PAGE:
THE SKI & SPORTS CLUB OF WASHINGTON, DC
GREAT SPORTS FOR ALL SEASONS
This page is devoted to describing how this club was formed and how it has changed through the years.
It is dedicated to our Katherine (Kate) Hayes, long serving historian since 1983 and Howard Fisher, past president and author of the PDF articles that appear below.
New content for 2021 is a description of SCWDC's "Name Change" described on the web page above this one. The Board of Directors decided to increase our marketing outreach by adding a "Doing Business As" phrase in all of our public communications, so you will see our club advertised as the "Ski and Sports Club of Washington DC." This doesn't change our #1 purpose to promote skiing but for those who would be interested in our non-ski vacations and activities, this will give them a better sense of "Who We Are."
INTRODUCTION = STUFF FROM OUR FOUNDING
When the Ski Club of Washington, D.C. was formed in 1936, the United States was in the seventh year of the Great Depression. However, the light was appearing at the end of the tunnel. Roosevelt's New Deal programs were beginning to work, and agencies such as the Civilian Conservation Corps (CCC) were providing both federal relief and jobs to millions. Although the CCC was to play an important role in the efforts of SCWDC before the end of the decade, it was the combination of unusual snow conditions and transplanted New England skiers brought to the Washington area by the New Deal agencies which begins our story.
These agencies, and the myriad offices designed to support them, helped Washington grow from a small, second-rate Capital city of just over 486,000 people to a population that would reach 663,000 by 1940, and started turning the Maryland and Northern Virginia suburbs into a true Washington metropolitan area. A large majority of the bright young people flocking to Washington was from the New England or Northwest states, where skiing was a major part of their social activity. In Washington, however, they found little snow and no organized skiing activity.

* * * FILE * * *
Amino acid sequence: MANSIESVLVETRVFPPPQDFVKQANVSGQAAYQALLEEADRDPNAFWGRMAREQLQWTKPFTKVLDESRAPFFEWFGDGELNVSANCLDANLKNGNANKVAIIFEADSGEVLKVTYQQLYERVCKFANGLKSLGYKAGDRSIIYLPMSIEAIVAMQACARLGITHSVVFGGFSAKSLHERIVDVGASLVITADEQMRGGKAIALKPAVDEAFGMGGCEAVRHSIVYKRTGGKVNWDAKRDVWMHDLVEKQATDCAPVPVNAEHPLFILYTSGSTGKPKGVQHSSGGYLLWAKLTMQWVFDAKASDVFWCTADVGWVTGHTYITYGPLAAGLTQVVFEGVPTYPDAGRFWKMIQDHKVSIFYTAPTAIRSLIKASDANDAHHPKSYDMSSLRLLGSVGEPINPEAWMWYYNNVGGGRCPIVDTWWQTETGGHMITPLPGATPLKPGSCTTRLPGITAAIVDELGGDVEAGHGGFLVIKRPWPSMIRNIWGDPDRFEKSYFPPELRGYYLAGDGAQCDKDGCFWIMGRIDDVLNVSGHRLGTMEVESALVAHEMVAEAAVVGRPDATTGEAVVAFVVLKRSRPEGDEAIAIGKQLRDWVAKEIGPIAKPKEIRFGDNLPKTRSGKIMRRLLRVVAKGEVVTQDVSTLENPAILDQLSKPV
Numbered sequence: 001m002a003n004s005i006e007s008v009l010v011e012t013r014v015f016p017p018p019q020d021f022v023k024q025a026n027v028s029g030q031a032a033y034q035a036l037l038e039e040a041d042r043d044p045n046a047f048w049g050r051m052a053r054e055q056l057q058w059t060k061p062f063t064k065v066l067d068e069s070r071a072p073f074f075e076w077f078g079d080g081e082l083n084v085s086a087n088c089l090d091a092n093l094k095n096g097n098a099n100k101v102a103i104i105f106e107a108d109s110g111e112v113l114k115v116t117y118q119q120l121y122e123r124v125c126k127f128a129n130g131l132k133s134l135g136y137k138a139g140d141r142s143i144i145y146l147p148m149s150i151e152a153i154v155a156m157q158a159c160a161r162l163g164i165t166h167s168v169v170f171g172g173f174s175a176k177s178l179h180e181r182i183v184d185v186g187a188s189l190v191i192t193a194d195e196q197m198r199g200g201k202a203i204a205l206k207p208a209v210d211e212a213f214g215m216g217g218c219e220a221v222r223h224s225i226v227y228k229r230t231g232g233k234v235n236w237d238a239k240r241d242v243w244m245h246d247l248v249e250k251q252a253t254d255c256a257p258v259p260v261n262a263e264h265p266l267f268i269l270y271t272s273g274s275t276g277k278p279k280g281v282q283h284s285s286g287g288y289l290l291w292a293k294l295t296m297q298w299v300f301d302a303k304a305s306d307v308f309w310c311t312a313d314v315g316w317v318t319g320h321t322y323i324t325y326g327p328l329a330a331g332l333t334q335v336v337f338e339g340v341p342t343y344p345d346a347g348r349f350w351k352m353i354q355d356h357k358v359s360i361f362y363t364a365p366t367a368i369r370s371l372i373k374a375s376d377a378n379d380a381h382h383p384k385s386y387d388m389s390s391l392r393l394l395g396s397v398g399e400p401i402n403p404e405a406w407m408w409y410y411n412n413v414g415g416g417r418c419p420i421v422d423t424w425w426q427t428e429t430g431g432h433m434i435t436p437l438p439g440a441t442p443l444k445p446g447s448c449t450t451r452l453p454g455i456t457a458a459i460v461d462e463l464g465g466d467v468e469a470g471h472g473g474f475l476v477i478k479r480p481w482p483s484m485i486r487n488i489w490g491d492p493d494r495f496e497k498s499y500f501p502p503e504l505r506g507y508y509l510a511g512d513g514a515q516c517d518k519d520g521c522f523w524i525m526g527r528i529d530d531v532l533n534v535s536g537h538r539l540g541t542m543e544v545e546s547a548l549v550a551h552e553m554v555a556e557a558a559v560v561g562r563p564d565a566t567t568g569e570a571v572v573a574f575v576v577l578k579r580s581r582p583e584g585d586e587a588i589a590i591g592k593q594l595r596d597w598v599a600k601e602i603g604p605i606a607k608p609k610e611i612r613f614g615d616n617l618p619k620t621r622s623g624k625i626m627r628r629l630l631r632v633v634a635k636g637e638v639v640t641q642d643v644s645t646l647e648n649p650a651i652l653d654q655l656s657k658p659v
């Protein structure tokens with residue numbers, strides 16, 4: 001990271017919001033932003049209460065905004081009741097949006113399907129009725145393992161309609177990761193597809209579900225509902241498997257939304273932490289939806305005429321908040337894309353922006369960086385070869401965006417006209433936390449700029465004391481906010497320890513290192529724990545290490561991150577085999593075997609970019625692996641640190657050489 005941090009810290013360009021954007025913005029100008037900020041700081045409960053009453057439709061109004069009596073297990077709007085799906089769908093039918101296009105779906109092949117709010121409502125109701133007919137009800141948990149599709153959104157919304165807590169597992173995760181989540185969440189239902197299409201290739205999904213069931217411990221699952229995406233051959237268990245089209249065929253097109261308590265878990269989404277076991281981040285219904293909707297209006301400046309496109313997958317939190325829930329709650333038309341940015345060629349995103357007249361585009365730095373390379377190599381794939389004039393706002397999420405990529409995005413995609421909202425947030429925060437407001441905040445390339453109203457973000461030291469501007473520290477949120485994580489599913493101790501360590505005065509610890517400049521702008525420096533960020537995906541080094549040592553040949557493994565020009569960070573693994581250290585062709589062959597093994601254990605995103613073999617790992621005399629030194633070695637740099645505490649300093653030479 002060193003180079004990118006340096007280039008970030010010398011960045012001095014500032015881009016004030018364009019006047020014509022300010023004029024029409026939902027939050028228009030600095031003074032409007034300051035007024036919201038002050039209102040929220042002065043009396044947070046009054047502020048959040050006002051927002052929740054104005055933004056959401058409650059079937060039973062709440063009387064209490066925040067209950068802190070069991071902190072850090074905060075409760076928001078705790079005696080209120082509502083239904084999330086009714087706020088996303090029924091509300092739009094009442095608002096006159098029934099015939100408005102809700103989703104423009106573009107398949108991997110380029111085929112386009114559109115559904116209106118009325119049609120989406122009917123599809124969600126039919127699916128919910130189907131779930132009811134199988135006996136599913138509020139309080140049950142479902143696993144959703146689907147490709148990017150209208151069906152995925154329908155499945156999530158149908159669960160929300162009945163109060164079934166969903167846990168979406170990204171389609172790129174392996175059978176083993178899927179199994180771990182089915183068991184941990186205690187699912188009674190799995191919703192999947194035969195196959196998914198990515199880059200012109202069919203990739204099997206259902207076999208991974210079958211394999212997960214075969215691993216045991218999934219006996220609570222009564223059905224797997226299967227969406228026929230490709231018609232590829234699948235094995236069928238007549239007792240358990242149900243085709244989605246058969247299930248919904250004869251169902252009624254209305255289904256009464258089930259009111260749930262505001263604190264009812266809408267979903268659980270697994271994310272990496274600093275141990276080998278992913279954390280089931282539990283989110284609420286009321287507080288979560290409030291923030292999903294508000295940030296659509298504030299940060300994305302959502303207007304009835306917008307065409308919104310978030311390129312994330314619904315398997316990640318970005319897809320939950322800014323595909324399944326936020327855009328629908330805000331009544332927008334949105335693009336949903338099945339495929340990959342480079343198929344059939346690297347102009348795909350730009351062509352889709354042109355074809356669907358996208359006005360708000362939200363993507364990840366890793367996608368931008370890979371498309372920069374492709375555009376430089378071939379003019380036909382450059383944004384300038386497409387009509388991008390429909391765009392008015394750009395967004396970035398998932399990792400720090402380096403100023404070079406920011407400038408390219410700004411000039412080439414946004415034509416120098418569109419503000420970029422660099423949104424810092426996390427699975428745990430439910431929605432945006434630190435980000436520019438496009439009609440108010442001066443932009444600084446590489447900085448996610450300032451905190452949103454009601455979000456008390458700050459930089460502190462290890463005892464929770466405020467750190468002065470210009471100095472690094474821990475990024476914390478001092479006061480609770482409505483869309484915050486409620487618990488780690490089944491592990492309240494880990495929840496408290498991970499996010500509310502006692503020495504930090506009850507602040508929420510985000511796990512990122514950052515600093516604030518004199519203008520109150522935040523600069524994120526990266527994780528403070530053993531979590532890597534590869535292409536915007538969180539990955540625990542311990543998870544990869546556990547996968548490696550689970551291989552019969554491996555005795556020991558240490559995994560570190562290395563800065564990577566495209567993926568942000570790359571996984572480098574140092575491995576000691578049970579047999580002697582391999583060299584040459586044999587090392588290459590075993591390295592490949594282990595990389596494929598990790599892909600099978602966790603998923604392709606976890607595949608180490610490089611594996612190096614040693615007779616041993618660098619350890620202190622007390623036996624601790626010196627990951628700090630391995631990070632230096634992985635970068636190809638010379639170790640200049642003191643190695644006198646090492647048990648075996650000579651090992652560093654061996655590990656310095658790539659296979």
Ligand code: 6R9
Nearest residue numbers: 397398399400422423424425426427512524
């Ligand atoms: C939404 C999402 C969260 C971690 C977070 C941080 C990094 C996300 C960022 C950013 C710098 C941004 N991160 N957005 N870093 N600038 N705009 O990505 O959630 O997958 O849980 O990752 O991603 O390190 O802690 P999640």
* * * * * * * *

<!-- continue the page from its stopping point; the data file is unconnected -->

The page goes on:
Skiing did exist. When Washington would receive its small annual allotment of snow, a handful of skiers could be seen on the area golf courses and in Rock Creek Park, performing what could only be considered a combined form of cross-country and downhill, depending on the nature of the terrain. But that was the extent of Washington skiing, and there were no nearby ski resorts.
The winter of 1935-36 proved to be the catalyst that was to lead to the forming of a Washington ski club. Two critical elements came together to create the nucleus: a group of ski enthusiasts and snow — lots of snow. On January 12, 1936, an ad hoc group gathered at Union Station for the first ski trip of what was to become the Ski Club of Washington, D.C. Twenty skiers boarded the Baltimore and Ohio train to travel to a small Pennsylvania town called Glencoe. More history citations can be found in the PDF's below.
The fledgling West Virginia Snow Sports Museum at https://www.snowsportsmuseumwv.org/ has opened for visits. It is located at 466 William Avenue, Davis, WV. It's "open" hours can be found at the web site and mostly, it opens at 11am and closes at 5pm, Thursday to Sunday. Best to call ahead to make sure that it will be open. Because SCWDC built and ran a private ski slope called the "Drift" near Davis in the 1950's, we are closely connected to the museum. You can view a video about SCWDC's "Driftland" Ski Slope at the museum web site: Driftland Video at www.snowsportsmuseumwv.org) ALSO, see below for another source. SCWDC is respected and remembered for development of skiing in West Virginia. And "The Drift" was the first ski slope built south of the Mason-Dixon line. For more information, look up this web page in the SnowSports Museum web site Writeup of SCWDDC's creation of the first ski slope south of the Mason-Dixon line You can also navigate to the menu item, "Timeline of West Virginia Snow Sports Areas."
Below are articles about the establishment and changes to the Ski Club of Washington DC.
We also publish an 50th Anniversary Yearbook, "SCWDC 1936-1986" which describes our founding and several stages of growth.
The last year of our detailed history is 1985-86.PART II
We celebrated our 75th Anniversary with a variety of events and parties. Here is our 75TH ANNIVERSARY CHALLENGE: